Skip the auto shop - Our mechanics make house calls

Q: Slow slipping transmission, how much longer will it last?

asked by on

At only 31,000 miles, the automatic transmission in my 2011 Chevrolet Malibu is starting to die out on me. When you shift into drive, it takes a noticeable amount of time for it to do anything. Then, every shift seems like a huge effort. I'm worried that the transmission will need to be replaced and I'll be stuck with the bill. It's very disappointing, as I wanted a more reliable car! Any advice on troubleshooting before it gets to that point?

A: If you are out of warranty, you'll need...

If you are out of warranty, you'll need to have your vehicle checked for problems with a qualified technician such as YourMechanic. They can come to your home or office, perform a road test, check your transmission for mechanical or electrical issues, and service the transmission if issues are found. I've read that even a fluid service change can fix issues of slipping with the Malibu transmission. There are a few factors that may be contributing to your problem as well. One issue may be that an aftermarket adapter might have been left attached to the car's computer access test port. This has caused problems with the way the vehicle runs and shifts. If an aftermarket adapter is in place, disconnect it to see if it fixes the problem. If you are losing reverse, or if the higher gears are slipping, it may be caused by a broken 3-5 wave plate. The entire transmission need to flushed out and the damaged parts need to be replaced. Another possible issue could be a brake light switch malfunction which causes the brake lights to work intermittently and at other times stay on. For this issue, a wiring harness repair is needed. This is a recall that may affect the transmission's shifting. My recommendation would be to contact YourMechanic for a thorough diagnostic check before any major damage is caused by the slipping and slow up-shifts.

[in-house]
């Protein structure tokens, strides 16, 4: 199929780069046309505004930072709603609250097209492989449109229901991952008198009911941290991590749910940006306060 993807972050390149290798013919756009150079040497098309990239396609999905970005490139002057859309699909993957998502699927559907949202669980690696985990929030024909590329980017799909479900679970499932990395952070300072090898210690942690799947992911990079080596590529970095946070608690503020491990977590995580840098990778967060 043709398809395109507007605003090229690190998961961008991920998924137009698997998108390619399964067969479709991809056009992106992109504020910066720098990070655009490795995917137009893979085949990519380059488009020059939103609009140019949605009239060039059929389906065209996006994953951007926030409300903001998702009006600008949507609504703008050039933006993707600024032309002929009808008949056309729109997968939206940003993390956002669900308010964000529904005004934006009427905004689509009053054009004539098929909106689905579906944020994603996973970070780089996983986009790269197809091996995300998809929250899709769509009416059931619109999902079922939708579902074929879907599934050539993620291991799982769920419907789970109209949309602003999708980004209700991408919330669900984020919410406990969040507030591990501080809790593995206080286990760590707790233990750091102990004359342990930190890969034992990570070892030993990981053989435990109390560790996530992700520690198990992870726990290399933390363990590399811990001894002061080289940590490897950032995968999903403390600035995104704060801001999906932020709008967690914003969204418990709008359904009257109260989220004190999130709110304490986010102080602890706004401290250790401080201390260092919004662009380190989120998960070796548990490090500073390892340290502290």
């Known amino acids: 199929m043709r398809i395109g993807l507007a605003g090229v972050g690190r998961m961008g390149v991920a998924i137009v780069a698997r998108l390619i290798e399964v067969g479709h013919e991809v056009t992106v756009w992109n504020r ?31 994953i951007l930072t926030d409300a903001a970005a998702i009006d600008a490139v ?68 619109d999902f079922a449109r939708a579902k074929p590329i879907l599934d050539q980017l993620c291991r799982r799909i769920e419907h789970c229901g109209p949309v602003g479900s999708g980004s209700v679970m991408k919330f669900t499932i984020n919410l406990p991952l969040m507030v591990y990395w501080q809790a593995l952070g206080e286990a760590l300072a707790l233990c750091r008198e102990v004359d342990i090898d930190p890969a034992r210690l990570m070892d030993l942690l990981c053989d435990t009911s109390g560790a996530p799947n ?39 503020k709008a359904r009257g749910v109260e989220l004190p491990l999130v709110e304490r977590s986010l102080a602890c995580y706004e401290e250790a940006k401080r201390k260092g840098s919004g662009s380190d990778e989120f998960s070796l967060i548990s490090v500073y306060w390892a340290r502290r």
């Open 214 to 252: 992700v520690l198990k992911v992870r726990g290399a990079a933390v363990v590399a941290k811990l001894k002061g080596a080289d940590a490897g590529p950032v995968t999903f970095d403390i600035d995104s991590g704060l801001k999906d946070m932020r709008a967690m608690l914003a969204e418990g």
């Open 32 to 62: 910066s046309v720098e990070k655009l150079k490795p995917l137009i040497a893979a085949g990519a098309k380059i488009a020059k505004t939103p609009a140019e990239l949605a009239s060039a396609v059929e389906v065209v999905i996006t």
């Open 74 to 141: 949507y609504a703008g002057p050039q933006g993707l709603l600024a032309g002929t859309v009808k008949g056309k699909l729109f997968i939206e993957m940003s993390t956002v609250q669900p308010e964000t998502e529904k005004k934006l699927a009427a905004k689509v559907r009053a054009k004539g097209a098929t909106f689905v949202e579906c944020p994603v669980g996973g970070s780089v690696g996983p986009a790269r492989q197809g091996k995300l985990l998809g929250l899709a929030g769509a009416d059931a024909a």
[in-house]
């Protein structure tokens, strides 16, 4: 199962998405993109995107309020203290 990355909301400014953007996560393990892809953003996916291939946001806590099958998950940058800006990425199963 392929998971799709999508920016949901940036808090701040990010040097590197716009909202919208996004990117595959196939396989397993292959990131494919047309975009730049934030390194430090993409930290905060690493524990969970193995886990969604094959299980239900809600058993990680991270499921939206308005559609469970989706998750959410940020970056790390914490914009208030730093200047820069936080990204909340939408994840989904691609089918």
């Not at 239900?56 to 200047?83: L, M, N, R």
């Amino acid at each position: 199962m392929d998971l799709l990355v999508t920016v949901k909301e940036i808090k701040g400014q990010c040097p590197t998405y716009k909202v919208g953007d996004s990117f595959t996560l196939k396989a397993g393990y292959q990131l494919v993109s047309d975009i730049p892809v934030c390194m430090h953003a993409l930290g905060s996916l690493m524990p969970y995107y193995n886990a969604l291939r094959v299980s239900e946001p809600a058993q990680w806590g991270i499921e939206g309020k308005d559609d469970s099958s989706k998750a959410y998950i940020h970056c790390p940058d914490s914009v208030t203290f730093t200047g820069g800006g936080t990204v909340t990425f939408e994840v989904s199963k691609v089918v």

Was this answer helpful?

Need advice from certified mechanic? Get help now!

Over 1000 mechanics are ready to answer your question.
The statements expressed above are only for informational purposes and should be independently verified. Please see our terms of service for more details

Ask a Mechanic
(100% Free)

Have a car question? Get free advice from our top-rated mechanics.

Ask A Mechanic
Over 10,000 questions answered!

Get an instant quote for your car

Our certified mechanics come to you ・Backed by 12-month, 12,000-mile guarantee・Save up to 30%

Get a quote

What others are asking

Q: Motor not starting

If your Ford 150 will not crank, there can be a a few different reasons that could cause this result. Diagnosing the same problem on a newly swapped engine can add additional possible reasons due to additional variables, such as...

Q: Transmission slipping while downshifting

The shifting may be normal, but there is a software update to change the shifting strategy. Take the vehicle to a dealer and they can update the software for you. If you are out of warranty, then there may be...

Q: steering completely broke driving down the road

This sounds a lot like the steering shaft snapped and is no longer connected to the steering rack. You can check this by looking underneath the dash up above the gas and brake pedal (you can't miss the steering shaft)...

Related articles

How to Renew Your Car Registration in Oklahoma(DELETED)
Having your car registered with the Oklahoma Tax Commission is an important part of driving legally in this state. You will need to do this within 30 days of moving to Oklahoma...
How Much Does a Mechanic Make in Vermont?
Automotive technician jobs in Vermont have an average mechanic salary of $37k, with some mechanics earning a salary of $53k.
P2103 OBD-II Trouble Code: Throttle Actuator Control Motor Circuit High
P2103 means there is a fault with the throttle actuator control motor circuit, likely due to a defective electrical component or part.